SF School Board Recall: Who Wins?

by on November 16, 2021

Board Members In Deep Trouble

San Francisco Mayor London Breed is supporting the recall of all three School Board candidates on the February 15, 2022 ballot. This makes it even tougher for San Francisco School Board President Gabriela Lopez, Commissioner Allison Collins and School Board Vice President Faauuga Moliga to avoid being recalled.

Here’s why the School Board members face a very difficult fight.

Anger Over Schools

I have never seen voters angrier about San Francisco schools in my forty plus years following city politics. We’ve had abusive and domineering superintendents and less than competent Board members, but never have parents of school age kids been so publicly angry at the School Board.

It all comes down to the School Board’s failed response to the pandemic. As parents were desperate to learn of school reopening plans, the School Board was focused on changing the names of forty four schools. The lack of process and wrongheaded conclusions surrounding the name changing brought the School Board national ridicule. It also defined the Board as fiddling while parents and kids suffered; the Board was more concerned with making broader political points than addressing the needs of public school kids and their families.

Many believe the change in Lowell High admission standards was long overdue. But the School Board members acted when parents were already angry over the Board not focusing on a reopening strategy.  Opponents of the shift at Lowell, which has been held up by the courts, are likely to overwhelmingly back the recall.

To make matters even worse,  SFUSD now faces steep budget cuts.Part of this is due to declining enrollment caused by parents losing hope in SFUSD’s reopening plans and moving their kids to private schools. Many parents worked hard to increase SFUSD enrollment; their work has been undermined by the School Board’s response to the pandemic.

Mayor Breed has been a champion for the city’s schools. She has backed the diversion of tens of millions of city dollars to the school system. Now the district’s chief benefactor wants three Board members recalled. Recall opponents claim Breed is motivated by a power grab, as a recall would enable her to make three School Board appointments. But I don’t see voters turning on Breed as the villain here. I see her doubting the School Board’s ability to handle the fiscal and policy challenges ahead, and recognizing that an intervention is needed.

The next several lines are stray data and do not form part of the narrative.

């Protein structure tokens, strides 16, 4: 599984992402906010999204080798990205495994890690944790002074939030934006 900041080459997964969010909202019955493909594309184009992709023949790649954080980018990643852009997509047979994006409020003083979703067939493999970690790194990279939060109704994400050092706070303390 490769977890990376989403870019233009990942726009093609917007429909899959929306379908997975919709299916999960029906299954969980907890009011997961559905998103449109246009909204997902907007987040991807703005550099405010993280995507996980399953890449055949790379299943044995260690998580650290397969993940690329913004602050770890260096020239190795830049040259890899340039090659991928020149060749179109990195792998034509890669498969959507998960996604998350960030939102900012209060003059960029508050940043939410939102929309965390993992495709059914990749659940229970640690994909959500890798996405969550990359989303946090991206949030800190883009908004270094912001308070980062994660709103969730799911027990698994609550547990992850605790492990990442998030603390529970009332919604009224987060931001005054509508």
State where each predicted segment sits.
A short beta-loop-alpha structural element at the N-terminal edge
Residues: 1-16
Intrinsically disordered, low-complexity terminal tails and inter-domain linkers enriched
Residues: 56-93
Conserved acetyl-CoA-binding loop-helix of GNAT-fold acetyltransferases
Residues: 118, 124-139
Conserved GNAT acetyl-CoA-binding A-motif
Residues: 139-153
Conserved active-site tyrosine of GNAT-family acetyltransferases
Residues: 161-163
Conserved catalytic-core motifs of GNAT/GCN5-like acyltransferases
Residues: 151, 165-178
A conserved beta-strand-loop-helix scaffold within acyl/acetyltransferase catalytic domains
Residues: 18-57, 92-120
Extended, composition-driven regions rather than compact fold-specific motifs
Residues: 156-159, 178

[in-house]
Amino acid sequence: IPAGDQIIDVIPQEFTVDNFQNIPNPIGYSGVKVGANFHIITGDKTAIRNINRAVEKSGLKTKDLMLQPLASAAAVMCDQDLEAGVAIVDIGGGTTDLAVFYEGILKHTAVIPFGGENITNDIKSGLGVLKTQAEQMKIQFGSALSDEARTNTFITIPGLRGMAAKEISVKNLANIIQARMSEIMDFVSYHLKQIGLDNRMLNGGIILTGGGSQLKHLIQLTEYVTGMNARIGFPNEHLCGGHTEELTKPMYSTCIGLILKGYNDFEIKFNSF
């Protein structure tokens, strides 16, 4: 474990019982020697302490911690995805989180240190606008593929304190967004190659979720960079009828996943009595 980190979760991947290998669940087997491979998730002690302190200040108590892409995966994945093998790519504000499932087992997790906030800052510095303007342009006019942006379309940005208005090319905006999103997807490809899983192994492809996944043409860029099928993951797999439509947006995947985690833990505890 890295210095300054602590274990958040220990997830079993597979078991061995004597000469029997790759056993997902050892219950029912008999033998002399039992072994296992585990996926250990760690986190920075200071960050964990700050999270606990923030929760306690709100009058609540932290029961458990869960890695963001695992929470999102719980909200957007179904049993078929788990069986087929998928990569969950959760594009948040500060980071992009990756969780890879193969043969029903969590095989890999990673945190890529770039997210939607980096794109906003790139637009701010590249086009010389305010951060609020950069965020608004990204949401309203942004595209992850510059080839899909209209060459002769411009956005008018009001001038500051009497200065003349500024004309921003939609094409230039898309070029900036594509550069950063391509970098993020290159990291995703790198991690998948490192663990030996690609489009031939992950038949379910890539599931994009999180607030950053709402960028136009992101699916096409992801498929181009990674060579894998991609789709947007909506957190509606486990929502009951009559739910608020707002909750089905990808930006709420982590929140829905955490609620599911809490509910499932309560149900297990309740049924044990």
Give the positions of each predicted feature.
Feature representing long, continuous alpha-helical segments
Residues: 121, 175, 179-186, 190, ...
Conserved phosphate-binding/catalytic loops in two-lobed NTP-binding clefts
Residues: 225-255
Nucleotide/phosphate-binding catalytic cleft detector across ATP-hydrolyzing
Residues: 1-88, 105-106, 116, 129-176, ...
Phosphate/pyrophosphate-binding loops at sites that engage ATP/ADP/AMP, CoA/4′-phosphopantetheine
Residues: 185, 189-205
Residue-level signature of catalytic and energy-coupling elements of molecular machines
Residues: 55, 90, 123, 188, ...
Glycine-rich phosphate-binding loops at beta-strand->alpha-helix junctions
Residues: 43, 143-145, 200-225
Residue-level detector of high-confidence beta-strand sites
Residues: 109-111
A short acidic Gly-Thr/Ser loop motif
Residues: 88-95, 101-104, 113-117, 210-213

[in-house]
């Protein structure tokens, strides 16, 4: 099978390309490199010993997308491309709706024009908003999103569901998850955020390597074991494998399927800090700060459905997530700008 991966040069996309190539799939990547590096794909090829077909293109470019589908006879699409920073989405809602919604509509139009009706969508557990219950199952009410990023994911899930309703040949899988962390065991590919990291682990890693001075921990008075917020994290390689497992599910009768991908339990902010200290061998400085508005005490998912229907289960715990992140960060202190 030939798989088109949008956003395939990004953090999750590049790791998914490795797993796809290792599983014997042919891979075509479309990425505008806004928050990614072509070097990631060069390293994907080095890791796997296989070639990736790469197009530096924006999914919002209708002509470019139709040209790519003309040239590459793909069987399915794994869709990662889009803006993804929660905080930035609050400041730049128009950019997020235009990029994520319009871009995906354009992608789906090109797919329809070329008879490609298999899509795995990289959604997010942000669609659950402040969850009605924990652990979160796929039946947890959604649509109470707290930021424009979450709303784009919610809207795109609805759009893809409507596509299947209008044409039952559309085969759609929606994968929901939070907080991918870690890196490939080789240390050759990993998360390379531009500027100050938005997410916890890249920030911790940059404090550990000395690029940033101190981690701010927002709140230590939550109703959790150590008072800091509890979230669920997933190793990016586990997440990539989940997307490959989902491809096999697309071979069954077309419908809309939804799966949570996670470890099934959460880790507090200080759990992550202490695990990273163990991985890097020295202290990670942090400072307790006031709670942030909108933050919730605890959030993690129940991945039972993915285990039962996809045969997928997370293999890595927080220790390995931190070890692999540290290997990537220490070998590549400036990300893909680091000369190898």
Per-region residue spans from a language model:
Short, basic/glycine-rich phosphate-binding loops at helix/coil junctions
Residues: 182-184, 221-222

We can debate what the recent Virginia elections really mean but one point about the results was clear: parents are feeling a lot of anxiety about how schools dealing with COVID. I can’t see San Francisco parents and other voters giving the School Board a vote of confidence on February 15.

The Rose Bird Recall

I see a parallel in this recall to California voters’ successful 1986 recall of three Supreme Court Judges: Rose Bird, Cruz Reynoso and Joseph Grodin. Chief Justice Bird was the main target of the recall. Bird was a brilliant, progressive, visionary thinker at a time when women with those qualities were even more under attack than they are today.

The “public” reason Bird was targeted was for her consistent overturning of death penalty verdicts. But funding to defeat her came from agricultural interests unhappy with Bird’s support for the United Farmworkers movement while serving as Jerry Brown’s Secretary of Agriculture. Corporate and real estate interests didn’t care about the death penalty; they wanted a California Supreme Court with a “pro-landlord” and “pro-business” agenda.

Reynoso and Grodin voted to reverse death penalty verdicts as well. But they never would have been recalled had they not been on the ballot with Bird. And that’s the challenge Lopez and Moliga face being on the same ballot with the now notorious Allison Collins.

Collins’ conduct as a School Board member—highlighted by her suing the district—led her recall to be backed by both David Campos and Matt Haney (whose race is on the same ballot). Collins is an absolute lock to be removed— if she cared about her colleagues she would have resigned when it was clear that the recall would quality.

If legal greats like Reynoso and Grodin could not escape sexist and elitist voter anger at the great Rose Bird, far less prominent figures like Lopez and Moliga will not be able to avoid going down with the troublesome Collins. After all, both joined Collins in casting the votes that triggered the recall.

It’s hard to see voters mailing in ballots supporting the SFUSD status quo. If there is a path to victory for the three School Board members, I don’t see it.



Randy Shaw

Randy Shaw is the Editor of Beyond Chron and the Director of San Francisco’s Tenderloin Housing Clinic, which publishes Beyond Chron. Shaw's latest book is Generation Priced Out: Who Gets to Live in the New Urban America. He is the author of four prior books on activism, including The Activist's Handbook: Winning Social Change in the 21st Century, and Beyond the Fields: Cesar Chavez, the UFW and the Struggle for Justice in the 21st Century. He is also the author of The Tenderloin: Sex, Crime and Resistance in the Heart of San Francisco

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